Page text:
Pedro Almodovar had an early reputation of being an Enfant Terrible. He was a michevous director who made melodramatic comedies with a sharp wit that nevertheless delved into the dark taboo territories of humanity and sexuality. He frequently delves into homosexuality, trangenderism, violence, sexual assualt, rape, and murder. In the more modern era of movie watching, Almodovar can get himself into trouble; I’m So Excited was a bubbly shallow comedy that included a happy-go-lucky orgy with a woman raping a drugged-out non-consenting passenger.
What usually saves Almodovar from getting into trouble is the depth of his characters and the understanding that their actions are problematic but stem from a deeply human source. Unfortunately, that’s not the case with Matador, a weird fable of mystic fate and violently erotic sex. Where Almodovar usually expands his stories to hint at a larger life outside of the story on screen, here the characters never expand beyond their stock conventions.
Matador, a film that was re-released with an NC-17 rating, opens with a man furiously masturbating to a supercut of women being explicitly violently murdered and mutilated. We’re not talking about a vague horrorshow compilation, but women having their heads cut off, their throats slashed and other atrocities done to their body. The man masturbating is Diego Montes (Nacho Martinez), a limping ex-matador who was forced to leave behind his exotic career of massacring bulls after he was gored in the pelvis (a later scene with him wearing that night’s outfit shows the fabric ripped just barely far enough from his penis to not be perverse). These erotic fantasies of killing women remind Diego of his past days seducing and killing bulls in tight clothing while being adored by all.
Diego Martinez’s erotically violent nature is mirrored by Maria Cardenal (Assumpta Serna), a lawyer who seduces random men on the street before killing them. She sees herself as a female matador, luring men to their fate before she spears them with the snake-like dagger that she holds in her hair. If Diego is reliving his past glories, she’s trying to reclaim glories denied to her. Though they haven’t met, these two form a yin and yang of unholy erotic killers trying to find their ultimate destiny.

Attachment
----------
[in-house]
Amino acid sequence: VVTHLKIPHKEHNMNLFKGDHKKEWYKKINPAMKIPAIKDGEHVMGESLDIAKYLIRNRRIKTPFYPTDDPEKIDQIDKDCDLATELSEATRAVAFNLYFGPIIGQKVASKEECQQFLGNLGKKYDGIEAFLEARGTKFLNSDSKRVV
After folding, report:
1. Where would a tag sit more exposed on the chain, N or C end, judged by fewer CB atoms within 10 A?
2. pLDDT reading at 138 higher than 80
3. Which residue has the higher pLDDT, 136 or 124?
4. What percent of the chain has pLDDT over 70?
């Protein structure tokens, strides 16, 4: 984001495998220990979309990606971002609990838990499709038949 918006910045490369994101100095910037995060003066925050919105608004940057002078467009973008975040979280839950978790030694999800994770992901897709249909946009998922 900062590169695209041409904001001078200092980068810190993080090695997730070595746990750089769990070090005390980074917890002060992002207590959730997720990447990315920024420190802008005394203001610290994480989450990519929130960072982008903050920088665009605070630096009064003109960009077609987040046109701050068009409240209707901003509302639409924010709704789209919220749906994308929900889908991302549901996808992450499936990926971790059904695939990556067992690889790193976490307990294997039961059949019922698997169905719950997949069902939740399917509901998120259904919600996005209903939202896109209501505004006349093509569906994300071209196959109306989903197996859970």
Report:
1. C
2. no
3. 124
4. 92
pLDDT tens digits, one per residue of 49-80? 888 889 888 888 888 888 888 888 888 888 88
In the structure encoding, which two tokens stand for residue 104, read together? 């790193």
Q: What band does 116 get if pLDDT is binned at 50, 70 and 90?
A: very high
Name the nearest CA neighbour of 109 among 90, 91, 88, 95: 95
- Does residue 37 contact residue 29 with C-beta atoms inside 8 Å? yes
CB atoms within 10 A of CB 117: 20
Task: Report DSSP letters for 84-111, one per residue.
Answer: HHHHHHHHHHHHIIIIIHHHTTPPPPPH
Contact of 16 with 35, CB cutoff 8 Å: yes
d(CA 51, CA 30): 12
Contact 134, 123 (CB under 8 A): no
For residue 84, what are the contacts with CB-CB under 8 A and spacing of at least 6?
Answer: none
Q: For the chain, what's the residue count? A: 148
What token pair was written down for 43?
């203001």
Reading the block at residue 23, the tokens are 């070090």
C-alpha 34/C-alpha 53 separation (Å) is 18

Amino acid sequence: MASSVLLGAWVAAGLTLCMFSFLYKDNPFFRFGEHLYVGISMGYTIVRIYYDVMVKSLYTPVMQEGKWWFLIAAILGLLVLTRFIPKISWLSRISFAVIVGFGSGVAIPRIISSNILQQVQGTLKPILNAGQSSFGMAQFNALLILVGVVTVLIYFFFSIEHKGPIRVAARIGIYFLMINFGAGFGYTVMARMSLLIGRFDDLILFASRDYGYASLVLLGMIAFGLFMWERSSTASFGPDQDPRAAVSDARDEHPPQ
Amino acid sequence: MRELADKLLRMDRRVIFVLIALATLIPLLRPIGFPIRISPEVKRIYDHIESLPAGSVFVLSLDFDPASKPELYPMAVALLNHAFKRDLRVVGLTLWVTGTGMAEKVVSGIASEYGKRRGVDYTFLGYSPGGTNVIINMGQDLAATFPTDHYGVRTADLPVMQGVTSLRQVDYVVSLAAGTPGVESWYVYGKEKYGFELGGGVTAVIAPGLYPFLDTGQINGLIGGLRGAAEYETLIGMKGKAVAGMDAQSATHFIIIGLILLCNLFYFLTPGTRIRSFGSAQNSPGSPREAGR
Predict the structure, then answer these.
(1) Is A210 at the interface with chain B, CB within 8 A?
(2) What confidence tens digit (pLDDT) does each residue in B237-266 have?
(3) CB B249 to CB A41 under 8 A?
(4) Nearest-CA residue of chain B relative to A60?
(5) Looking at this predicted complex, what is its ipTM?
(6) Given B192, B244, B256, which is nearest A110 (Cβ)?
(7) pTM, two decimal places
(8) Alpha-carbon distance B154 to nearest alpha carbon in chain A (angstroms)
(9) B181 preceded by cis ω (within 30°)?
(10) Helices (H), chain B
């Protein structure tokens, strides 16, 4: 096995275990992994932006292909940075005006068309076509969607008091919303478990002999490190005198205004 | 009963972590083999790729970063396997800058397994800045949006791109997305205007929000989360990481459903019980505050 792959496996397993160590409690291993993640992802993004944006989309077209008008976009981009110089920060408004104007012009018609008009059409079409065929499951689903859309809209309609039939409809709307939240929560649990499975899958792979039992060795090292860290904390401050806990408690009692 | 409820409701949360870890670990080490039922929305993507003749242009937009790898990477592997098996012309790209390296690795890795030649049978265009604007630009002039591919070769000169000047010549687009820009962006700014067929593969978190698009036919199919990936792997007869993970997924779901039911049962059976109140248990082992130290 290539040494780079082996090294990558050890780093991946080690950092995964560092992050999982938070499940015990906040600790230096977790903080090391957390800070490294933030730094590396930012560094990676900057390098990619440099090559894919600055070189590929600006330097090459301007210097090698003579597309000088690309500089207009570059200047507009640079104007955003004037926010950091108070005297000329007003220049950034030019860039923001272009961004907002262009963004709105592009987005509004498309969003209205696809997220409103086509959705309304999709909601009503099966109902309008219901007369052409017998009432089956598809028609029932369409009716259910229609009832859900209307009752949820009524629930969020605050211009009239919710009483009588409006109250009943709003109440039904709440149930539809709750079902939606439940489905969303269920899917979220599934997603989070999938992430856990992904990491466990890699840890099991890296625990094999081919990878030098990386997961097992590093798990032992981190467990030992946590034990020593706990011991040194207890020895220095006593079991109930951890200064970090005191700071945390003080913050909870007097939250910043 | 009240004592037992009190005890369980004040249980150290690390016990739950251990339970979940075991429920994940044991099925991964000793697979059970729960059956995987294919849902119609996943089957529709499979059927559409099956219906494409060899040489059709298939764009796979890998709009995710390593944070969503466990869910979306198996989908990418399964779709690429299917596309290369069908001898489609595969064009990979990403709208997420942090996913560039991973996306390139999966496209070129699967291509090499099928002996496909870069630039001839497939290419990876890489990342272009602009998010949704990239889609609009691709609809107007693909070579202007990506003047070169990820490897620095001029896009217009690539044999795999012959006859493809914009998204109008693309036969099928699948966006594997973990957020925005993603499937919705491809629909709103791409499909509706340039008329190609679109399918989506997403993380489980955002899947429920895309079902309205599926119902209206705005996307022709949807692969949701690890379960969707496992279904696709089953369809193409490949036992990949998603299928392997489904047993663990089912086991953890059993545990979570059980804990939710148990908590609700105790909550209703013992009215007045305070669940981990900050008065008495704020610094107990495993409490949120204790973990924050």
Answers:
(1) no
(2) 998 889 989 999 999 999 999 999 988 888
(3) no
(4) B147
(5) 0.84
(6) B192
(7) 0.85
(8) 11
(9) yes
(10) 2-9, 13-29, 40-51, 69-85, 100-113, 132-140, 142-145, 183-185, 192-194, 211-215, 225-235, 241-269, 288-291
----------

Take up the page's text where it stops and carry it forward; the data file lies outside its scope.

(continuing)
The two people caught between our star-crossed killers are emotional cripples themselves. Angel Jimenez (Antonio Bandaras), one of Diego’s students, is a young man who has been brainwashed into a spiritual and sexual dead end by his severely devout Catholic mother. He looks up to his mentor so much that he tries to prove his strength by raping Diego’s girlfriend, Eva (Eva Cobo), at knife point. Eva, who gets off on Diego’s dangerous eroticism, feels more pity than anything for Angel who never penetrates, cums on her leg, then faints out of guilt.
There’s a bunch of spiritual mumbo jumbo about an upcoming eclipse and Angel having visions, but nothing ever really deepens the characters. These characters go through Almodovar’s plot points, but aren’t given the room to breathe. The movie is so packed with rote exposition and noir development that the characters almost become the writer’s pawns rather than living their personal truths. Besides the violent sexual misanthropy (both misogyny and misandry are on full display here), which is never fully justified or validated, Matador doesn’t have that easy-going Almodovar chill that usually makes the most distasteful subject matter palatable.
Almodovar considers Matador, his fifth feature film, one of his weakest entries. He’s not wrong, but even his weakest entries have some amazing set pieces. Whenever the movie kicks into perverse eroticism, Almodovar’s focus on two lithe bodies grinding into each other is never less than fetishistic. Perhaps the best sequence of the film is one that has no weight on the story itself. In the middle of the movie, Pedro Almodovar makes a cameo appearance as a frantic fashion designer trying to finalize his collection as he’s being interviewed by a reporter with no sense of timing and managing heroin-addicted models shooting up under a clothing rack. It’s one of the few moments of levity that has no gravity on the proceedings. Beyond these spare delights (and a non-frontal naked Antonio Bandaras), Matador gives insight into how Almodovar’s successful films function by providing a proper counter-example as one that isn’t successful at all.